Going even deeper, there are a couple of other things going on: theme line and plot line. That’s usually as far as most storytellers take it. They end up dealing with the theme line and the plot line, also known as external and internal stakes. Do they want to save the princess? Do they want to stop the villain from oppressing their community? There are also the conflicts within the character when he or she has to overcome something. Maybe they’re afraid of water or afraid of getting into a committed relationship again. 

To go even deeper, though, there’s also the psychological stakes. These are the things that leave people with a theme at the end of a story, like ideal versus self, or community versus individual. At the end, the character and audience are going to be changed. It will leave the viewer with a theme, a takeaway, and/or a feeling. 

But, the real magic of storytelling, along with informing and educating, is inspiring people to change. And, that is what people in business hope to achieve.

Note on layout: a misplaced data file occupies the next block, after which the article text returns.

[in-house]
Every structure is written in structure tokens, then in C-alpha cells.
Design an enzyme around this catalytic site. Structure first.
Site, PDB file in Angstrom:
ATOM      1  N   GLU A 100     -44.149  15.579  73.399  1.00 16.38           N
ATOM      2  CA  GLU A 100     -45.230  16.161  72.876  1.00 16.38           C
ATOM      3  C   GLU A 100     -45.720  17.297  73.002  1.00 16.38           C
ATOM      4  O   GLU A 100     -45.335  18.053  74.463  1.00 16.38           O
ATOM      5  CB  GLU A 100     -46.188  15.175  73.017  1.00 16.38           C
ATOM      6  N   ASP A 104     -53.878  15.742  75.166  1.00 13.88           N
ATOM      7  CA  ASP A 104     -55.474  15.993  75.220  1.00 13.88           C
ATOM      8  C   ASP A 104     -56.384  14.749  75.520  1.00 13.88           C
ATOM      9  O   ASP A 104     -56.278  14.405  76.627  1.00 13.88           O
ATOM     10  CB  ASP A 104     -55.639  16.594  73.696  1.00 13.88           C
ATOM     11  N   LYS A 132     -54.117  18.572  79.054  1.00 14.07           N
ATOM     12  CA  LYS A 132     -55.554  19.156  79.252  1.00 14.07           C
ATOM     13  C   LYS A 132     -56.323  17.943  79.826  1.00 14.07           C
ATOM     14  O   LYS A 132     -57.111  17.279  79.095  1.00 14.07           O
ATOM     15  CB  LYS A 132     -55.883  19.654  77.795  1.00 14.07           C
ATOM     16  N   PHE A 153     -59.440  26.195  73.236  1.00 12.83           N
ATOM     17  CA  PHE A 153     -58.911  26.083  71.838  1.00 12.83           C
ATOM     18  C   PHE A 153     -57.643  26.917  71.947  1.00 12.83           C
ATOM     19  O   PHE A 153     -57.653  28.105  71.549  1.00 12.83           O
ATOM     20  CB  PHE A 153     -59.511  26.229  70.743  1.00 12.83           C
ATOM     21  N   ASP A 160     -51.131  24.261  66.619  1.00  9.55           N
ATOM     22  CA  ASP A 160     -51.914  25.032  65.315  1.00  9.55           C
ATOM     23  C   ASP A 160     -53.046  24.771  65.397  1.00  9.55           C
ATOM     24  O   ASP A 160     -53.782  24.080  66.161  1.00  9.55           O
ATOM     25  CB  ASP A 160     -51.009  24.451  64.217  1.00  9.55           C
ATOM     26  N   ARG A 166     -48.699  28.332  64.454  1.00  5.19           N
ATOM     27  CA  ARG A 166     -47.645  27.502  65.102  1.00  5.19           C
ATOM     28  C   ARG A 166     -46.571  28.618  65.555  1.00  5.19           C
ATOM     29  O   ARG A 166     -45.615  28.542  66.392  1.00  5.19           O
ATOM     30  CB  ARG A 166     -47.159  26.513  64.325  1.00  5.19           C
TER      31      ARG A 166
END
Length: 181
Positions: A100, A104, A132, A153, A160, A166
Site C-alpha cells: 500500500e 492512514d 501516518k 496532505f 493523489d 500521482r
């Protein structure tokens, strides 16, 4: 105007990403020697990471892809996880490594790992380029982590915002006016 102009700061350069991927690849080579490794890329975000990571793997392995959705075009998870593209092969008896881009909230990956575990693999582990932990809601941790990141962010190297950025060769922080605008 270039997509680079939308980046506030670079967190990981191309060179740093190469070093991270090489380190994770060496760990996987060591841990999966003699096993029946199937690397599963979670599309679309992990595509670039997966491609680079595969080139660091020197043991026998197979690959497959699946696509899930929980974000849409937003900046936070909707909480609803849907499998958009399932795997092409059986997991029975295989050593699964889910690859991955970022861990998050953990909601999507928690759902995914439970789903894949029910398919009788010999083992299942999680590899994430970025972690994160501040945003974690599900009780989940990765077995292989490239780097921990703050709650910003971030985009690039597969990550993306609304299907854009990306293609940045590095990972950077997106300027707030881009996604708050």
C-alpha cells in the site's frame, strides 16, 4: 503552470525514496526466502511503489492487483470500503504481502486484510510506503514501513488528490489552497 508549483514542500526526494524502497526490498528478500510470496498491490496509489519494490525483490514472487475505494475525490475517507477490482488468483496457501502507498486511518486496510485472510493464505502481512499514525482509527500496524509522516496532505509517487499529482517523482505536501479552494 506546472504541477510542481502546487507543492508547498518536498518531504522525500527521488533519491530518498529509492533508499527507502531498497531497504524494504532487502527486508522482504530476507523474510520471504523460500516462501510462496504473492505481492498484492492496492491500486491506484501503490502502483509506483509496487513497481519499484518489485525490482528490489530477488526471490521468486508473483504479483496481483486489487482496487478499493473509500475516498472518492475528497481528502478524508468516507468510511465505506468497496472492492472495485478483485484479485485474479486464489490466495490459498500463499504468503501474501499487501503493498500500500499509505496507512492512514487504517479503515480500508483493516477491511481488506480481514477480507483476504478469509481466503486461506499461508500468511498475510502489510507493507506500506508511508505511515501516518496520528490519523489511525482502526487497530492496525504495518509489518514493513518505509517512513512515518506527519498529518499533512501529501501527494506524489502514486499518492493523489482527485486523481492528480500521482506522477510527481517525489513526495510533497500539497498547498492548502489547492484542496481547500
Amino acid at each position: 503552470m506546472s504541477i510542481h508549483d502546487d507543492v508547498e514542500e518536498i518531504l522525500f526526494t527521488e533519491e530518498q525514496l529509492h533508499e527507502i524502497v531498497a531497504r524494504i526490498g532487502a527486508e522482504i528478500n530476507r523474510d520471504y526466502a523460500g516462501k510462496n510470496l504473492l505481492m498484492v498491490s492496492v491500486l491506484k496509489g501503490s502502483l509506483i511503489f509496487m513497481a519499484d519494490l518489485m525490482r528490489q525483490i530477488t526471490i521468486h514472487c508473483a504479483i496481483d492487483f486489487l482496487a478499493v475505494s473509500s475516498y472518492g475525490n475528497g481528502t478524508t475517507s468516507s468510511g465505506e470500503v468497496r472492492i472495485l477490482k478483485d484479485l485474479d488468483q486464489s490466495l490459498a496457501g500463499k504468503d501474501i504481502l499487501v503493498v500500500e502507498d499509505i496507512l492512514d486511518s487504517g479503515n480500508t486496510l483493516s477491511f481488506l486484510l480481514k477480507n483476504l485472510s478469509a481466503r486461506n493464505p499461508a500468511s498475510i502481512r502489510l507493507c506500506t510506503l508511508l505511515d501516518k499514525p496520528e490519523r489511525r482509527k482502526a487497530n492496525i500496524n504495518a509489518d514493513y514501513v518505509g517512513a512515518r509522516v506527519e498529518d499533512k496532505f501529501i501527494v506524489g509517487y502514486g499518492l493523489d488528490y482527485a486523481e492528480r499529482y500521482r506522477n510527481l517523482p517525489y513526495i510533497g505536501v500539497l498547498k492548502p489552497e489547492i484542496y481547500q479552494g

You make a good point about people in business. Can you explain how business officers can use storytelling effectively in their line of work? How can we simplify, make vivid points, and have them be memorable and inspirational?  

When I’m talking about storytelling for people in business, I’m not talking about writing a screenplay. I’m talking about how to use your five senses to be able to create a story through touch, taste, sight, sound, and smell. It’s called “visual storytelling,” and includes everything from the colors on your slides and the typeface you use to the images on your website and your app. What do people see when they walk into your office? What type of literature do you send to them? That’s all part of the story.